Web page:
Mar 10

Pop World Cup 2010: Group G – Ivory Coast 3 Portugal 1

FT//20 comments • 987 views

With the defending Pop World Cup champions Czech Republic failing to qualify for this year’s tournament, Portugal are the most successful 2006 team represented here. Managed by Job de Wit, they open Group G with a game against the Ivory Coast, in whose dugout sits Wichita Lineman of Popular comments crew fame.

Let’s vote! You have until midnight on March 7th to pick a winner here.

IVORY COAST: Bab Lee – “Tropical Mix (Sous Les Cocotiers)” The manager says – “All out attack. Melody is left on the bench as rhythmic nous, constantly switching wingplay, the best two-note hook since Boredom, and enough energy to last until the 95th minute are deployed to undo the Portuguese.”

PORTUGAL: Mikado Lab – “Takket” The manager says – “It’s not often that exceptional pop music from Portugal reaches the rest of the world. The music sung in Portuguese that everyone loves almost without exception comes, of course, from its former colony Brazil. Fittingly, Lisbon fourpiece Mikado Lab isn’t really a pop band, and they don’t have a singer. The gorgeous “Takket” comes from last year’s Coração Pneumático, one of two albums released by the band in 2009. Theirs is a Stereolabby kind of jazz, with hints of both Bach and the Beach Boys. Keyboardist Ana Araújo plays a melody as simple as it sounds irresistable, with bandleader and drummer Marco Franco keeping the rhythm light yet insistent. ”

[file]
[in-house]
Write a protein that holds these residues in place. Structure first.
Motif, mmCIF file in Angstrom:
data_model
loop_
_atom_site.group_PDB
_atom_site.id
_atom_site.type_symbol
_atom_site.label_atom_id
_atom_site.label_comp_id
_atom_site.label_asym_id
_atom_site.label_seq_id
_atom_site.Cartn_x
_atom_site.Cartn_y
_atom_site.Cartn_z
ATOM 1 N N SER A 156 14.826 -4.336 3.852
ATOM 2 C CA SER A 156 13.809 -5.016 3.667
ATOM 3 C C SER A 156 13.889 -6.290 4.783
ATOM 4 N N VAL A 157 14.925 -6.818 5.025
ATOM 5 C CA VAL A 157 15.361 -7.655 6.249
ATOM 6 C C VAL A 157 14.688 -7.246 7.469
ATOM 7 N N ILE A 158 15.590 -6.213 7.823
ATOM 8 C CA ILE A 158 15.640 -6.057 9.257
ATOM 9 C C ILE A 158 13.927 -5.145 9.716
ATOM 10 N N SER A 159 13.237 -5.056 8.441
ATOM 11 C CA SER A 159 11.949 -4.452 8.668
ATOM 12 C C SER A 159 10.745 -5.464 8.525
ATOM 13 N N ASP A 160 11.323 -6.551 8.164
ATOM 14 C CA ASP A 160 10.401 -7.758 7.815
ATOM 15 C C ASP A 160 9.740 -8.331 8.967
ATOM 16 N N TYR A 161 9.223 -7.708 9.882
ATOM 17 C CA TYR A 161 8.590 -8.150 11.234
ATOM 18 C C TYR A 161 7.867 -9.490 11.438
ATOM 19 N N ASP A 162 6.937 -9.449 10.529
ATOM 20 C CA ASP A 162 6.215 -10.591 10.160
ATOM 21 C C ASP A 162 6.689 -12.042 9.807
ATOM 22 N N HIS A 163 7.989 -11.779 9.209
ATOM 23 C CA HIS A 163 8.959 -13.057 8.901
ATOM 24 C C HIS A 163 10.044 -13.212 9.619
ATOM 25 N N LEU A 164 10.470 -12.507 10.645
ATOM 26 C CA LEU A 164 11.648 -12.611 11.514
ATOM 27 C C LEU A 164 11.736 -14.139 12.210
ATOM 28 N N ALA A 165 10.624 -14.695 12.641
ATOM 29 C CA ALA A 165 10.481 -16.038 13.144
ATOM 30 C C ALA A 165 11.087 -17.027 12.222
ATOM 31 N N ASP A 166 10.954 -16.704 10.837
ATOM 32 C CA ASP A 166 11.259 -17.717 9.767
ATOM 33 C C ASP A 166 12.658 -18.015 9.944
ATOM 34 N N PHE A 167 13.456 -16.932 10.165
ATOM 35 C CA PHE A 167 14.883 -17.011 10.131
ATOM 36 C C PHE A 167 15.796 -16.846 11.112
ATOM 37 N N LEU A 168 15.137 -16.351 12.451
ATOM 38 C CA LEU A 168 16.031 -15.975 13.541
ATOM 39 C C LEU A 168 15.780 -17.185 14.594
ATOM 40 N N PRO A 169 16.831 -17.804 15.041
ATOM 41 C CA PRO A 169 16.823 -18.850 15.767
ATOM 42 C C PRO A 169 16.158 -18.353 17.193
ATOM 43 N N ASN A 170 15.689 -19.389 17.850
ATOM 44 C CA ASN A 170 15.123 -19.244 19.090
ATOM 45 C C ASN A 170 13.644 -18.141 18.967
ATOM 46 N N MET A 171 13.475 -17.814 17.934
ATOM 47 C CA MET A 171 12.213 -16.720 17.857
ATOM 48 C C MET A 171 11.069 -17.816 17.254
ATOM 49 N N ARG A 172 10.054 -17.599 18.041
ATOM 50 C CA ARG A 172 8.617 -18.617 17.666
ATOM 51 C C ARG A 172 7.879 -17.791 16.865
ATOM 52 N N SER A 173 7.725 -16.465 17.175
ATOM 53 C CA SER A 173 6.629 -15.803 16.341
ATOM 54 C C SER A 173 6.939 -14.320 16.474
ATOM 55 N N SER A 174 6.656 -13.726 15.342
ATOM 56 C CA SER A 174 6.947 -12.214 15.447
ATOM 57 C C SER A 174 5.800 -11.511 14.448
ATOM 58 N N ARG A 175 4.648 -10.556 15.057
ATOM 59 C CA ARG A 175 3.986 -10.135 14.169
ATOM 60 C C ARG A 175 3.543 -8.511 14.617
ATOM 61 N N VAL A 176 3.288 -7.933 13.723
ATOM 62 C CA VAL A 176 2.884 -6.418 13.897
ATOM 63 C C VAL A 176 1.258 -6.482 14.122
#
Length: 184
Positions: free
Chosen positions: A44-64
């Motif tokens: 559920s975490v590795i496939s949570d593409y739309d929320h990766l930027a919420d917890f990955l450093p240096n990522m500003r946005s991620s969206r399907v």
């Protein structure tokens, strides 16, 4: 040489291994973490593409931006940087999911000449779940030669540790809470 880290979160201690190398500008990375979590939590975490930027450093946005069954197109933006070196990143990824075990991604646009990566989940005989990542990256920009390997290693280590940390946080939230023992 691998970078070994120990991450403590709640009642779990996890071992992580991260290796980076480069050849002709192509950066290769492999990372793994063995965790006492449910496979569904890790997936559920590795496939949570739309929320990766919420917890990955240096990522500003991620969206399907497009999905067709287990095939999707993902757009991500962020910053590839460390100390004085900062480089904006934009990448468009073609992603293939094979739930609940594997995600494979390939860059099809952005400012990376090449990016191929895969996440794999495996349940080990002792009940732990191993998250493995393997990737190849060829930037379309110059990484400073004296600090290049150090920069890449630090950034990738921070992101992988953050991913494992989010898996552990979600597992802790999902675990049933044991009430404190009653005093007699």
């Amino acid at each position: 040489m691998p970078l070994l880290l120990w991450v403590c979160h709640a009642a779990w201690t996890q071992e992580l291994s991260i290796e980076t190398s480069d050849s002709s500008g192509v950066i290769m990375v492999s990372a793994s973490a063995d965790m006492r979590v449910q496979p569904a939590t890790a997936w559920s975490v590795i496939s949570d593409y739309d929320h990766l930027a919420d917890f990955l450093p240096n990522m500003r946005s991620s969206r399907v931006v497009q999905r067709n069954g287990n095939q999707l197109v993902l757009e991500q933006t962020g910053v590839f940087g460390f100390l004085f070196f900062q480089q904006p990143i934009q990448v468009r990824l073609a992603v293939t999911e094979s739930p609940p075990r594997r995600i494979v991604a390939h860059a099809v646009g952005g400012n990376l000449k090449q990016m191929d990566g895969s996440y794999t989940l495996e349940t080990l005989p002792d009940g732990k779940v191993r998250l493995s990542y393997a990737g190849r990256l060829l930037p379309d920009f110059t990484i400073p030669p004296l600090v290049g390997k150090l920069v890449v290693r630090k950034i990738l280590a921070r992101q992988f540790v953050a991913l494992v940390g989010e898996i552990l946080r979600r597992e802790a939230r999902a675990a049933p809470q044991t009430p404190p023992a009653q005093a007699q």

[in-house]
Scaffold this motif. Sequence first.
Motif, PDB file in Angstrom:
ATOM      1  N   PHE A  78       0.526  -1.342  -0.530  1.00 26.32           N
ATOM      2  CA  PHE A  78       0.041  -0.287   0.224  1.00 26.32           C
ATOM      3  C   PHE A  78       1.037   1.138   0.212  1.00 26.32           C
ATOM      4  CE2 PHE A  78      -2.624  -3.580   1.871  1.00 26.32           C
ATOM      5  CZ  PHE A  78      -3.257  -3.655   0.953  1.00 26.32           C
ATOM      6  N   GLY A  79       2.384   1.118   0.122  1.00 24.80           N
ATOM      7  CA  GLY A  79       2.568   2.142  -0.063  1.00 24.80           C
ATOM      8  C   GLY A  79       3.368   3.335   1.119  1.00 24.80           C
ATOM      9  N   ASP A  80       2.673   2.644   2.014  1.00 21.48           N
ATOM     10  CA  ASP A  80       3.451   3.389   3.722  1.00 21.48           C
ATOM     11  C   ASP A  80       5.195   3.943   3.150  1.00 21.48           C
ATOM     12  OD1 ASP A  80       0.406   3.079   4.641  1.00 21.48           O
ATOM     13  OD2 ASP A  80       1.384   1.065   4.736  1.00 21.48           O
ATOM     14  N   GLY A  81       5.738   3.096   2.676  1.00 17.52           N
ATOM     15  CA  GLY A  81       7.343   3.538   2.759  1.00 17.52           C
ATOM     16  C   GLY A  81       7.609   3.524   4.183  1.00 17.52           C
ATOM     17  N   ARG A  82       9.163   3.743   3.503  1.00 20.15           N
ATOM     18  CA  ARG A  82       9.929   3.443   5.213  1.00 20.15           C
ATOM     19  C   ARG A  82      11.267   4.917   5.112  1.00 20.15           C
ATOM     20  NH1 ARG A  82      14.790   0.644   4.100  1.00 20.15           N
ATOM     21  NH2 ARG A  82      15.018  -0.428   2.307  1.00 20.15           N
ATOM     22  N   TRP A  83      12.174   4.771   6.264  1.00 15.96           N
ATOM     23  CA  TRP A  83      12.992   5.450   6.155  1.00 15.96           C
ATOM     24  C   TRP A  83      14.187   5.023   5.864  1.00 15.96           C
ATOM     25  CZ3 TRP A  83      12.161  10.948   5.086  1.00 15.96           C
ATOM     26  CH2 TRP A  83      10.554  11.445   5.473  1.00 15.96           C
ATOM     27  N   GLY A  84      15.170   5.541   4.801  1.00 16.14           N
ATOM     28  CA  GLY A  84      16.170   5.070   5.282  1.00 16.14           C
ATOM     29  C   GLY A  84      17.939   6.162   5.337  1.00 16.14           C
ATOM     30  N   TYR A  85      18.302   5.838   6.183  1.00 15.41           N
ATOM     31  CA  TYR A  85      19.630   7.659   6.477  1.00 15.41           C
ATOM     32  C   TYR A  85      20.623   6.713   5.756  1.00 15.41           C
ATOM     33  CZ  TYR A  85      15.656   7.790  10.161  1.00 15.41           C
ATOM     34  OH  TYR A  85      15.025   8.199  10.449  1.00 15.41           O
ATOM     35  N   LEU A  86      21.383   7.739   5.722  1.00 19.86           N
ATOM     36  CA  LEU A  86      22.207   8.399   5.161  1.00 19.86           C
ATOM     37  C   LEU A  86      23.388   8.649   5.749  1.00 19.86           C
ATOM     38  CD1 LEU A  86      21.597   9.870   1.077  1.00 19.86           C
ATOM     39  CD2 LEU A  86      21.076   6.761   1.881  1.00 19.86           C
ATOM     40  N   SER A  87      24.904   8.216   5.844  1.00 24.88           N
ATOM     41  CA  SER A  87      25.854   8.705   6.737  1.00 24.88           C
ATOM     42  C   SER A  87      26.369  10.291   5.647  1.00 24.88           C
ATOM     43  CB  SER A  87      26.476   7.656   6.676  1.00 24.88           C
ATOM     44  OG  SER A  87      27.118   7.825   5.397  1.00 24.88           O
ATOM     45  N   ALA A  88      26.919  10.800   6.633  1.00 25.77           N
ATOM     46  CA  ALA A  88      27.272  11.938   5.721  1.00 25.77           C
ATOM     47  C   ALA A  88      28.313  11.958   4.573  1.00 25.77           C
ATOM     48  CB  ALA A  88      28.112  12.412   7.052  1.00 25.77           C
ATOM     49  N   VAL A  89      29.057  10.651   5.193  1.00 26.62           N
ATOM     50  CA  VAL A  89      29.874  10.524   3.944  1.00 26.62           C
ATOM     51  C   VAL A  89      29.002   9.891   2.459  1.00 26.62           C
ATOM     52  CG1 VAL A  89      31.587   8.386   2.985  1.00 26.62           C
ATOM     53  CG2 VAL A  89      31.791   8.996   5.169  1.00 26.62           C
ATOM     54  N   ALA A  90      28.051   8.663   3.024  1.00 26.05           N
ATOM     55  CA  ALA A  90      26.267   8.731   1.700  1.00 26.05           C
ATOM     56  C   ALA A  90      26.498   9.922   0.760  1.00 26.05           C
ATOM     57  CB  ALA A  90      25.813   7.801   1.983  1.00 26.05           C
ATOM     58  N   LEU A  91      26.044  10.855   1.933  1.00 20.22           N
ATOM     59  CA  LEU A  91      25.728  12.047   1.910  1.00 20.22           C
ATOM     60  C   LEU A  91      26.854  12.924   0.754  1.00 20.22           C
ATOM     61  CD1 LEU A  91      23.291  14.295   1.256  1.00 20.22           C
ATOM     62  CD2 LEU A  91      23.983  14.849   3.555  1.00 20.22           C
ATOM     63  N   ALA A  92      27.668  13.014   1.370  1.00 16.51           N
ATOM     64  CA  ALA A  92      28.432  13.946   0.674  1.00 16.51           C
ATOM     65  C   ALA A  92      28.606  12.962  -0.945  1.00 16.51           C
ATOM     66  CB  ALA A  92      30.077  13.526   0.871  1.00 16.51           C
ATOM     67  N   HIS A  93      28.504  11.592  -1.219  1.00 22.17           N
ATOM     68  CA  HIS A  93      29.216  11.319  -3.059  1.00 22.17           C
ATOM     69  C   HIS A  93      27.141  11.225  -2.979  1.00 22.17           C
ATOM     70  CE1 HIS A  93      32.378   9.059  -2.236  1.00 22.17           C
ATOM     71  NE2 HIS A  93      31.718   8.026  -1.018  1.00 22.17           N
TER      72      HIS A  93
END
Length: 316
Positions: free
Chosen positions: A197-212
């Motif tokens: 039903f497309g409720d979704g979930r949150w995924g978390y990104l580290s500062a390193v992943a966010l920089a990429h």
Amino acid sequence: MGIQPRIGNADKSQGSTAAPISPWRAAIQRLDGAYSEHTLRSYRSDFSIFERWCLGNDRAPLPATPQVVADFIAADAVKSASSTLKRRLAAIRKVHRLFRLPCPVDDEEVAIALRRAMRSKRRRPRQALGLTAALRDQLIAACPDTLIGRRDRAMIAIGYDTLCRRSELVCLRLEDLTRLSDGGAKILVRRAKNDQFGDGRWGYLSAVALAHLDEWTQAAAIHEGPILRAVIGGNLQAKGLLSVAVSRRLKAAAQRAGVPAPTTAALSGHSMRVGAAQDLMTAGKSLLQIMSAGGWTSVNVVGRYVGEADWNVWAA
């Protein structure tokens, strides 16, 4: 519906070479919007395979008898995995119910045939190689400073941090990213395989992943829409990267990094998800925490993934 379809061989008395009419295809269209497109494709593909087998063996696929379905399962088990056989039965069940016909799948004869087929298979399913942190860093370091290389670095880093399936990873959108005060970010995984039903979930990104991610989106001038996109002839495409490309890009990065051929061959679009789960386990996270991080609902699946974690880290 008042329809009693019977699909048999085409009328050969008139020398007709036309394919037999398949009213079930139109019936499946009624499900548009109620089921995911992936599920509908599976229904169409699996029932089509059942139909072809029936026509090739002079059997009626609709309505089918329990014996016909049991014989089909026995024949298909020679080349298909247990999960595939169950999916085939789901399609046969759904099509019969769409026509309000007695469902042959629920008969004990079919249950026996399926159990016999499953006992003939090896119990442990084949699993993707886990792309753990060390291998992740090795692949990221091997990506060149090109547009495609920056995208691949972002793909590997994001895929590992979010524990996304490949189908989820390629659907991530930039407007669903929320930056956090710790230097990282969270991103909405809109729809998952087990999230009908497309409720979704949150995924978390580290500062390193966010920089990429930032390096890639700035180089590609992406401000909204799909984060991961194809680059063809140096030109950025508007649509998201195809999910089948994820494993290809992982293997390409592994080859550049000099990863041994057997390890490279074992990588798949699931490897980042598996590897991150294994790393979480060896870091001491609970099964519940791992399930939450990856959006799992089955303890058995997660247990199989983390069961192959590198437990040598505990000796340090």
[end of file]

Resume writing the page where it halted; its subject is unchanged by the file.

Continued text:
Group G Match 1: Which track did you prefer?

  • Ivory Coast: Bab Lee 71%
  • Portugal: Mikado Lab 31%

Total Voters: 55

Poll closes: 7 Mar 2010 @ 23:50

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Commentary Box Analysis: “Ivory Coast are playing a constant pressing game all over the pitch: Portugal are doing their best to keep the tempo down and build attacks. I don’t think either side is playing with a recognised striker but there’s enough skill and innovative tactics on show here to satisfy any real lover of the game. Fascinating match.”